The Doctor and the Diva, by Adrienne McDonnell.
While listening, Erika toyed with the fringe of the Spanish shawl he'd brought back for her. She wondered why he -- a man -- was allowed to go away and leave his child for weeks that grew into months at a time, whereas she was bound to the house, tethered to the Back Bay. Why must she be the one to stay, while he was free? - from The Doctor and the Diva, page 214 -
Erika von Kessler comes from a family of renowned Boston physicians. She has married a wealthy man, but longs to expand her talents as an opera singer to the stages of Italy. Erika's husband Peter, however, longs for a child and will stop at nothing to be ensured of an heir. After years of infertility, the couple turns to Doctor Ravell, a young Harvard educated physician whose star is rising in the field of gynecology ... specifically in helping couples to conceive. Beginning in 1903 and spanning nearly a decade, The Doctor and The Diva is about a woman who ultimately must choose between her career as an opera singer and her life as a wife and mother.
Adrienne McDonnell was inspired to write her first novel based on the true life of her son's paternal great-great-grandmother who deserted her prominent Boston husband in order to further her operatic career in Italy. McDonnell has carefully researched the medical history of infertility treatment (I was amazed to learn that artificial insemination had been practiced as early as 1785 in Scotland). By the mid-nineteenth century, cutting edge doctors were beginning to recognize the the failure to conceive could not always be blamed on the woman -- a point which becomes crucial in the plot for this novel. McDonnell artfully weaves all these facts into a spellbinding story that takes the reader from Boston to the coconut plantations of the Caribbean to the splendor of Florence, Italy.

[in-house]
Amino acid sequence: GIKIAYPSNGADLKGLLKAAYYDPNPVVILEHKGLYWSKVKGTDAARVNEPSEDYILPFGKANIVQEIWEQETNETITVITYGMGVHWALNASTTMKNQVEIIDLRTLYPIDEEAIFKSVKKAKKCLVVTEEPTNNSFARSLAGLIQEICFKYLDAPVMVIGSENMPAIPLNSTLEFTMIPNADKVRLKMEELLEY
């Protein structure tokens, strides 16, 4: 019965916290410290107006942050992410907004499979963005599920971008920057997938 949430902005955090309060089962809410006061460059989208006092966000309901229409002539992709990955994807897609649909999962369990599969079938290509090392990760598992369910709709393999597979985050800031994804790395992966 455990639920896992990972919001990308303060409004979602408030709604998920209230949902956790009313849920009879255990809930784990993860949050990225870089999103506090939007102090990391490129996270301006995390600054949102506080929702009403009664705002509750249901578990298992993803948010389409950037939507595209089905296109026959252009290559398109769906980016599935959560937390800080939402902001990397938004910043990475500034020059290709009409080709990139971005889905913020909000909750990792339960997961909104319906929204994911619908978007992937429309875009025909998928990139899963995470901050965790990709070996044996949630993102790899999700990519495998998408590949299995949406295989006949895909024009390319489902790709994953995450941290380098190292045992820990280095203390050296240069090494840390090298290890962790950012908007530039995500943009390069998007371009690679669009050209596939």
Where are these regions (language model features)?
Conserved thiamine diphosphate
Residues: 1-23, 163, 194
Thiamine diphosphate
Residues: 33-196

Although there is a hefty dose of romance mixed into this historical novel, the character of Erika represents the strong-minded, intelligent women whose desire to pursue their careers over motherhood placed them on the edge of societal acceptance. It was the exploration of women's rights which captured my imagination in the novel above all else.
The Doctor and the Diva is an exquisitely crafted story about one woman's quest to pursue her art, about the barriers which women in the 1900?s faced when deciding to follow their dreams, and about the conflicting emotions when a woman wants it all (spouse, children and career) at a time when societal expectations were quite rigid. This is also an excellent look at medical practice in the field of obstetrics and gynecology during the early part of the twentieth century. McDonnell poses some interesting moral dilemmas which Doctor Ravell faces ... and the way in which he resolves them would make for great discussion in a book group.
I thoroughly enjoyed this wonderful book. Readers who love historical fiction and are interested in women's issues during the 1900?s will want to read this novel.
Four stars out of five.
Catch all of Wendy Robard's reviews in her fabulous blog, "Caribousmom".